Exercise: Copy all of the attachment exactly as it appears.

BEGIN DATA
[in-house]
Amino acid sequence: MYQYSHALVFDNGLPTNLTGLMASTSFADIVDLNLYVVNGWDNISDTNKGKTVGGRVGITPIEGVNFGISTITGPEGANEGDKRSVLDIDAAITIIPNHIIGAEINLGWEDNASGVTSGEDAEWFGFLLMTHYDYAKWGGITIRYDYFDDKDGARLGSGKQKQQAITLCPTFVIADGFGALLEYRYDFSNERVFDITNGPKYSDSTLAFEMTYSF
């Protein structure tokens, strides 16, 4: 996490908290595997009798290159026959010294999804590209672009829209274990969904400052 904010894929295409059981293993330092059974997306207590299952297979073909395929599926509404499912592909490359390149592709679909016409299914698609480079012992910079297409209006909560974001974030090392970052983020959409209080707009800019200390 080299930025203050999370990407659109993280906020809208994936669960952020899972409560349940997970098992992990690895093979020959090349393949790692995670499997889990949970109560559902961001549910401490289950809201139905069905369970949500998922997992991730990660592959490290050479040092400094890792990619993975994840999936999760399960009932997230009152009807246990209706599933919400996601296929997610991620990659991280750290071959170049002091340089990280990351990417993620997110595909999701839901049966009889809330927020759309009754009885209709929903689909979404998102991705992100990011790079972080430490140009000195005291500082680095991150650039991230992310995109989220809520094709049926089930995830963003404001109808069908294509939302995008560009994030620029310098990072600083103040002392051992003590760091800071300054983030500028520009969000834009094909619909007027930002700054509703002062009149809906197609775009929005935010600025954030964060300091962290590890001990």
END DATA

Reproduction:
[in-house]
Amino acid sequence: MYQYSHALVFDNGLPTNLTGLMASTSFADIVDLNLYVVNGWDNISDTNKGKTVGGRVGITPIEGVNFGISTITGPEGANEGDKRSVLDIDAAITIIPNHIIGAEINLGWEDNASGVTSGEDAEWFGFLLMTHYDYAKWGGITIRYDYFDDKDGARLGSGKQKQQAITLCPTFVIADGFGALLEYRYDFSNERVFDITNGPKYSDSTLAFEMTYSF
């Protein structure tokens, strides 16, 4: 996490908290595997009798290159026959010294999804590209672009829209274990969904400052 904010894929295409059981293993330092059974997306207590299952297979073909395929599926509404499912592909490359390149592709679909016409299914698609480079012992910079297409209006909560974001974030090392970052983020959409209080707009800019200390 080299930025203050999370990407659109993280906020809208994936669960952020899972409560349940997970098992992990690895093979020959090349393949790692995670499997889990949970109560559902961001549910401490289950809201139905069905369970949500998922997992991730990660592959490290050479040092400094890792990619993975994840999936999760399960009932997230009152009807246990209706599933919400996601296929997610991620990659991280750290071959170049002091340089990280990351990417993620997110595909999701839901049966009889809330927020759309009754009885209709929903689909979404998102991705992100990011790079972080430490140009000195005291500082680095991150650039991230992310995109989220809520094709049926089930995830963003404001109808069908294509939302995008560009994030620029310098990072600083103040002392051992003590760091800071300054983030500028520009969000834009094909619909007027930002700054509703002062009149809906197609775009929005935010600025954030964060300091962290590890001990």